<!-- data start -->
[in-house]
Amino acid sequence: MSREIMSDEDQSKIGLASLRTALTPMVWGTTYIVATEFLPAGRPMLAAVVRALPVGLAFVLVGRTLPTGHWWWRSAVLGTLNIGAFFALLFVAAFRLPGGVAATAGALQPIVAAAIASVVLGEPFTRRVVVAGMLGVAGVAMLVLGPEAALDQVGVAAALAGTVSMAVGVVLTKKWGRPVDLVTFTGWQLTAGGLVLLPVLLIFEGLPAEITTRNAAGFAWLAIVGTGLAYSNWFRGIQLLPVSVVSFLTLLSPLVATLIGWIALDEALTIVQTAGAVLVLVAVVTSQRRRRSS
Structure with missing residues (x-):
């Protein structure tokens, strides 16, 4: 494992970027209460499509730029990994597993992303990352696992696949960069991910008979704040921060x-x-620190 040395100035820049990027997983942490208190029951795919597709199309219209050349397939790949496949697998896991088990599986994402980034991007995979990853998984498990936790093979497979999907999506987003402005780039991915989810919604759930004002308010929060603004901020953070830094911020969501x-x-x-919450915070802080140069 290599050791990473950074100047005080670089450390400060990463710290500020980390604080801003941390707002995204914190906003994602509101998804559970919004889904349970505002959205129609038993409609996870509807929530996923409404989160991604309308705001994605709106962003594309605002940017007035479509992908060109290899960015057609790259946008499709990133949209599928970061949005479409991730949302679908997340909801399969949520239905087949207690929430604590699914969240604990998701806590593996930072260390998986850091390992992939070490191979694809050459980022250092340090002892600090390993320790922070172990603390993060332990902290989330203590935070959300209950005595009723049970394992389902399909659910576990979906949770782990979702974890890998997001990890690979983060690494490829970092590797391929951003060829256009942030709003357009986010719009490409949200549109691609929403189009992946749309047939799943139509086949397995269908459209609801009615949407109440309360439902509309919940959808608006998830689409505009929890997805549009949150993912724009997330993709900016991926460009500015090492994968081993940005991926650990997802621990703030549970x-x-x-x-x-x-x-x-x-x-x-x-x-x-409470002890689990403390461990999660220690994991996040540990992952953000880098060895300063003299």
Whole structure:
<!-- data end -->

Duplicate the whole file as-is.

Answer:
[in-house]
Amino acid sequence: MSREIMSDEDQSKIGLASLRTALTPMVWGTTYIVATEFLPAGRPMLAAVVRALPVGLAFVLVGRTLPTGHWWWRSAVLGTLNIGAFFALLFVAAFRLPGGVAATAGALQPIVAAAIASVVLGEPFTRRVVVAGMLGVAGVAMLVLGPEAALDQVGVAAALAGTVSMAVGVVLTKKWGRPVDLVTFTGWQLTAGGLVLLPVLLIFEGLPAEITTRNAAGFAWLAIVGTGLAYSNWFRGIQLLPVSVVSFLTLLSPLVATLIGWIALDEALTIVQTAGAVLVLVAVVTSQRRRRSS
Structure with missing residues (x-):
């Protein structure tokens, strides 16, 4: 494992970027209460499509730029990994597993992303990352696992696949960069991910008979704040921060x-x-620190 040395100035820049990027997983942490208190029951795919597709199309219209050349397939790949496949697998896991088990599986994402980034991007995979990853998984498990936790093979497979999907999506987003402005780039991915989810919604759930004002308010929060603004901020953070830094911020969501x-x-x-919450915070802080140069 290599050791990473950074100047005080670089450390400060990463710290500020980390604080801003941390707002995204914190906003994602509101998804559970919004889904349970505002959205129609038993409609996870509807929530996923409404989160991604309308705001994605709106962003594309605002940017007035479509992908060109290899960015057609790259946008499709990133949209599928970061949005479409991730949302679908997340909801399969949520239905087949207690929430604590699914969240604990998701806590593996930072260390998986850091390992992939070490191979694809050459980022250092340090002892600090390993320790922070172990603390993060332990902290989330203590935070959300209950005595009723049970394992389902399909659910576990979906949770782990979702974890890998997001990890690979983060690494490829970092590797391929951003060829256009942030709003357009986010719009490409949200549109691609929403189009992946749309047939799943139509086949397995269908459209609801009615949407109440309360439902509309919940959808608006998830689409505009929890997805549009949150993912724009997330993709900016991926460009500015090492994968081993940005991926650990997802621990703030549970x-x-x-x-x-x-x-x-x-x-x-x-x-x-409470002890689990403390461990999660220690994991996040540990992952953000880098060895300063003299």
Whole structure: